Posted by: Yoki | March 11, 2007 1:22 AM | Report abuse

*Waving at Mei*

It must be daytime in Dubai, no?

Posted by: Yoki | March 11, 2007 1:31 AM | Report abuse

Ha! I really don't know anything about training dawgs or children to cope with a one-hour time difference, since I have neither. I did have a dog many years ago, but I recall that he was happy to eat his meal pretty much whenever it was served to him -- he would have eaten 24/7 if given half the chance, I think.

Personally, I can cope with a one-hour time change -- sometimes even a 16-hour one. I'm just not so sure about the dogs . . .

But really, I was kidding. What the Bleep Would I Know!? :)


[Hey, isn't there a song about old dogs and children -- and watermelon wine?]

Posted by: Dreamer | March 11, 2007 1:33 AM | Report abuse

Of course, I meant Brunei

Posted by: Yoki | March 11, 2007 1:35 AM | Report abuse

//I recall that he was happy to eat his meal pretty much whenever it was served to him//

Zackly!

Posted by: Yoki | March 11, 2007 1:37 AM | Report abuse

I have always been a night owl, which means I want to sleep late in the morning. It seems to be getting harder for me to get up before 8 am the older I get. So you (not you, Yoki, the gummint) takes another hour away, and I'm not up till 9, and I'm late, I'm late! If I were sensible, I'd be in bed already and get up early Sunday. It's really a psychological thing with me, I guess. A lot of times I don't change my watch till weeks afterwards (I have to find the instructions to do it).

I can deal with the East coast/West coast jet lag ok, although I'm usually on vacation so I can sleep late, take a nap - and it's just 3 hours. And I take a day off after flying home before I go back to work.

Posted by: mostlylurking | March 11, 2007 2:30 AM | Report abuse

Wilbrod - Please, do tell...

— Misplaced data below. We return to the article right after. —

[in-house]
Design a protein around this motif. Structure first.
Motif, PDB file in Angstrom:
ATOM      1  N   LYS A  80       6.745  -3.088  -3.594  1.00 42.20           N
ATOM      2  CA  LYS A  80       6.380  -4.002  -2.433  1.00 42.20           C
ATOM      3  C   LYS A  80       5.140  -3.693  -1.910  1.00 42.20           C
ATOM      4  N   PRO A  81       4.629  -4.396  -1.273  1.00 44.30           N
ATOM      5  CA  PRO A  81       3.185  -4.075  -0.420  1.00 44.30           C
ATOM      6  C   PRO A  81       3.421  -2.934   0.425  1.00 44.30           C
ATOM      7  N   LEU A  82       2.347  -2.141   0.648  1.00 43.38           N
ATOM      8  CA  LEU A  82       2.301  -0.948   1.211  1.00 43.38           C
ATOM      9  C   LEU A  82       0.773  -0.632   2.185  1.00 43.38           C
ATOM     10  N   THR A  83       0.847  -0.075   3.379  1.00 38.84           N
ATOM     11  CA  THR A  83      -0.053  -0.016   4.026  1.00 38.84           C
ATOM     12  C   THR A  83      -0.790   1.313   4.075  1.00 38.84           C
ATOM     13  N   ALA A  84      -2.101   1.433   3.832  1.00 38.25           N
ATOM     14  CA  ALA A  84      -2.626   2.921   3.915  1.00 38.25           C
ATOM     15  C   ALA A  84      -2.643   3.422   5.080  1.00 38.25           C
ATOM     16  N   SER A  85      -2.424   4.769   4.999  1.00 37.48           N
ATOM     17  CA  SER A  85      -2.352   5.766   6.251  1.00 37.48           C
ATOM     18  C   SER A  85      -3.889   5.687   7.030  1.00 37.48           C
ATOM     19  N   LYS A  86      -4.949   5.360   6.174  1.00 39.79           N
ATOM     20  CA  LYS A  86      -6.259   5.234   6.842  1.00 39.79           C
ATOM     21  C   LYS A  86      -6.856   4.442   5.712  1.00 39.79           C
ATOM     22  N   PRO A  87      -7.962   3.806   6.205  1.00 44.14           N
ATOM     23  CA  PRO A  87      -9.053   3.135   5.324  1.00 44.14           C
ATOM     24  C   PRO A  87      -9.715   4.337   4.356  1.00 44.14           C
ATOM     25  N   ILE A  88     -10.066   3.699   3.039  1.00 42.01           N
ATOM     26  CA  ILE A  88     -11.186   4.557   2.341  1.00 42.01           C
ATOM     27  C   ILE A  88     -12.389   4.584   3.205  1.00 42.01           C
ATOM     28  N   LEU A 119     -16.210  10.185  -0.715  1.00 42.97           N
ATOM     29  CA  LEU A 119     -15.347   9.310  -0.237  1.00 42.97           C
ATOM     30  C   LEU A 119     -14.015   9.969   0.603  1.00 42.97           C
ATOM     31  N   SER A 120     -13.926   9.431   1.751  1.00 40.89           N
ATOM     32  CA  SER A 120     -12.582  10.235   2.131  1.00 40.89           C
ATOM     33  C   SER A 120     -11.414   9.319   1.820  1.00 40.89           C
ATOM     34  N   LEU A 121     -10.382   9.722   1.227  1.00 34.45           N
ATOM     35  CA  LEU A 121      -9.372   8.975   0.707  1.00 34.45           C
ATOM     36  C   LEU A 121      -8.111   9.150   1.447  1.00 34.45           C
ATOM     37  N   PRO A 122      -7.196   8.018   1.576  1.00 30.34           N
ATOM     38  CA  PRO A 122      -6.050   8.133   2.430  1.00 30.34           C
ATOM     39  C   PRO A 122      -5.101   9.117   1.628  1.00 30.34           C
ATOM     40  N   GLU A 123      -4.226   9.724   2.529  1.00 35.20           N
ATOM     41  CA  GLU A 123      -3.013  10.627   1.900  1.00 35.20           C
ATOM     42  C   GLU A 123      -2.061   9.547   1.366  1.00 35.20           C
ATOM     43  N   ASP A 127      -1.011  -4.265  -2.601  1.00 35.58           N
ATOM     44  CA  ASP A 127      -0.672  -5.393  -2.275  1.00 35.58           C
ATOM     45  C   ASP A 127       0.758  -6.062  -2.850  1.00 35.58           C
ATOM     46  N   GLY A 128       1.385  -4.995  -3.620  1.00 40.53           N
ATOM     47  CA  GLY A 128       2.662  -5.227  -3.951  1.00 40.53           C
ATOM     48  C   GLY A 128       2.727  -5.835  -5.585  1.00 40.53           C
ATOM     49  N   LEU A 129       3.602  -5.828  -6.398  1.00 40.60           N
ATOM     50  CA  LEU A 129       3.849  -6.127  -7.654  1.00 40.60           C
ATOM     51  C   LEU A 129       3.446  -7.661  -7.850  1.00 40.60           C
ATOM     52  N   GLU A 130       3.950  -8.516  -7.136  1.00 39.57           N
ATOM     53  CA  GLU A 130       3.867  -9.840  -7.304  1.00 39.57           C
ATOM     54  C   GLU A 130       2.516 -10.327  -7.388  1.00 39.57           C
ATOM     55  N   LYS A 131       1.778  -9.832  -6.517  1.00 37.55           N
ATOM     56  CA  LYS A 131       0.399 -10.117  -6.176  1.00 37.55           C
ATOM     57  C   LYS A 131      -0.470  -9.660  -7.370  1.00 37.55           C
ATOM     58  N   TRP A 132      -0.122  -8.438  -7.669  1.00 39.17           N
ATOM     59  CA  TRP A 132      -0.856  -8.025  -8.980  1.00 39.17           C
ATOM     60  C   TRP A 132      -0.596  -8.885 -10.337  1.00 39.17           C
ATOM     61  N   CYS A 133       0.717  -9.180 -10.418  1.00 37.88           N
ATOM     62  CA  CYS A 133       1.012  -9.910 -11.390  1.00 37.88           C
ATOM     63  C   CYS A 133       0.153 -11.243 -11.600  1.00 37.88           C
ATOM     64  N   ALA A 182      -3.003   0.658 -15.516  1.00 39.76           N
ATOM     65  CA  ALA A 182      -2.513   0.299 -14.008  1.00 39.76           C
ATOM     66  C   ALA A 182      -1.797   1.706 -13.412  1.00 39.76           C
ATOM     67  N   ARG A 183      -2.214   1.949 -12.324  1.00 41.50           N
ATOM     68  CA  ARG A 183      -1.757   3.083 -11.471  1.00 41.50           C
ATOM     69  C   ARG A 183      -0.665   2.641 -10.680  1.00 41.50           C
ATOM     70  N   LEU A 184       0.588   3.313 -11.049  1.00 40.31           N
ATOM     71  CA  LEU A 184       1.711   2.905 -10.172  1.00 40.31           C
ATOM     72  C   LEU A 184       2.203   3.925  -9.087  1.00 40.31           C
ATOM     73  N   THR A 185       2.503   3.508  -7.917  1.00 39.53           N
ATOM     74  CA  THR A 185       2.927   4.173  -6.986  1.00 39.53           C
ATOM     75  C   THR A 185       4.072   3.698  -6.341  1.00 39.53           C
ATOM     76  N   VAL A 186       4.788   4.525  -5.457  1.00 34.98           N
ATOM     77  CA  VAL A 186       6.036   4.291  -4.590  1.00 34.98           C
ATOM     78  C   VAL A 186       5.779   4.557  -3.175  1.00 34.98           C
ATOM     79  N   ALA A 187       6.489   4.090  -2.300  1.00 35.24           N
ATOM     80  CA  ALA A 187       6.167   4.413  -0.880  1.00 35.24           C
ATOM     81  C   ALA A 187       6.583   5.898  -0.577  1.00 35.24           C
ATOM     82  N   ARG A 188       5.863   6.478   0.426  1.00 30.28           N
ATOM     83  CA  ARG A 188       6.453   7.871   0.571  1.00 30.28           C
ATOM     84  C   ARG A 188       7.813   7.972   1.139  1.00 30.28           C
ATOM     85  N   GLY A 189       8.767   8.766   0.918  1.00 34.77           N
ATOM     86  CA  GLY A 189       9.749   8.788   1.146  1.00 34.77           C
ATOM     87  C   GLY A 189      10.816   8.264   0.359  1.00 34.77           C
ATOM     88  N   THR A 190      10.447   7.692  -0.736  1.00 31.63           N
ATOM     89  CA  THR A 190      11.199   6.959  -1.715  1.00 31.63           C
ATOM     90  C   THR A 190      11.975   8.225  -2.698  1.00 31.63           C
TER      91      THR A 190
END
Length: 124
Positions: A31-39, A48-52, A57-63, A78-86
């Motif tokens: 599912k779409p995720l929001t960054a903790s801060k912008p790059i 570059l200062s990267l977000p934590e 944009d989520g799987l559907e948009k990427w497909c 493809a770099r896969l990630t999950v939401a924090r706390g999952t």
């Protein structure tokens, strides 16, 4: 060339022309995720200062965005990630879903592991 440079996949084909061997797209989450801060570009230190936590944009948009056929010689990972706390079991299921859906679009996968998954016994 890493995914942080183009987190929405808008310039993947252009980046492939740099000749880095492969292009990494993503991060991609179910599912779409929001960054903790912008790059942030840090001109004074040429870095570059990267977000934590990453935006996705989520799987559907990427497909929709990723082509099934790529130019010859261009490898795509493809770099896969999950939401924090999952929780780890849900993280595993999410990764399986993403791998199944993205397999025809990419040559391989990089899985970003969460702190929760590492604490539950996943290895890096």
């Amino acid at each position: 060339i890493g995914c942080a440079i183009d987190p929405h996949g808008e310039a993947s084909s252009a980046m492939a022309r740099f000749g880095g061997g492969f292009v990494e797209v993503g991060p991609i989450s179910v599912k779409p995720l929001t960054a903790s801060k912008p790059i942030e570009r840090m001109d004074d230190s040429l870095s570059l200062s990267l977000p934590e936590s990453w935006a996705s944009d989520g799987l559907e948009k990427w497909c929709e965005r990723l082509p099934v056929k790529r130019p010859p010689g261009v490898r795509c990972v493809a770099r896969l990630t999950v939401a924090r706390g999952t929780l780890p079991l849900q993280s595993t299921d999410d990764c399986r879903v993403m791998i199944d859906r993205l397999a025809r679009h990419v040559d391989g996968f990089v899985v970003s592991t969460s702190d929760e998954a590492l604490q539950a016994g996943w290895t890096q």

re:
-------
Again... why "don't ask, don't tell" seems to be a worse and worse idea by the minute.

http://news.yahoo.com/s/ap/20070309/ap_on_re_us/military_male_rape;_ylt=Alu8XEoWr5SVZXuAva0oxipH2ocA

Posted by: Wilbrod | March 10, 2007 07:33 PM
-------

Exactly how is "don't ask, don't tell" a worse policy than the "we'll conduct witch hunts whenever and however we feel like it" policy which preceded it?

Or am I missing something subtle in the reasoning here? I personally know several folks who were discharged from the military in the 80's & 90's who would disagree vehemently with you if you're claiming that the old system was better.

Posted by: Bob S. | March 11, 2007 2:31 AM | Report abuse

Now that I've given this a moment's thought, I suspect that Wilbod wasn't actually criticizing the "don't ask, don't tell" policy at all. I suspect that the real issue here is the fact that homosexual relations engaged in by military members are, in fact, a crime.

Talk to your congressfolk. They (and the U.S. Constitution) are the ultimate authority behind the Uniform Code of Military Justice.

Posted by: Bob S. | March 11, 2007 2:50 AM | Report abuse

Has Daylight time been saved yet?

Posted by: Aloha | March 11, 2007 2:55 AM | Report abuse

With no input from me, my computer seems to have saved it. -- My PC clock reads ... 4:05

Posted by: Bob S. | March 11, 2007 3:05 AM | Report abuse

Aaahh... the 'boodle hasn't saved it yet!

Posted by: Bob S. | March 11, 2007 3:06 AM | Report abuse

Yes, yoki it's daytime in Brunei.
WaPo time says it's 4.01am Sunday and my computer clock tells me it's 4.23pm Sunday.

Posted by: rain forest | March 11, 2007 3:25 AM | Report abuse

Joel said : Why must we endure this nightmare? Because powerful industries want to tamper with Time Itself.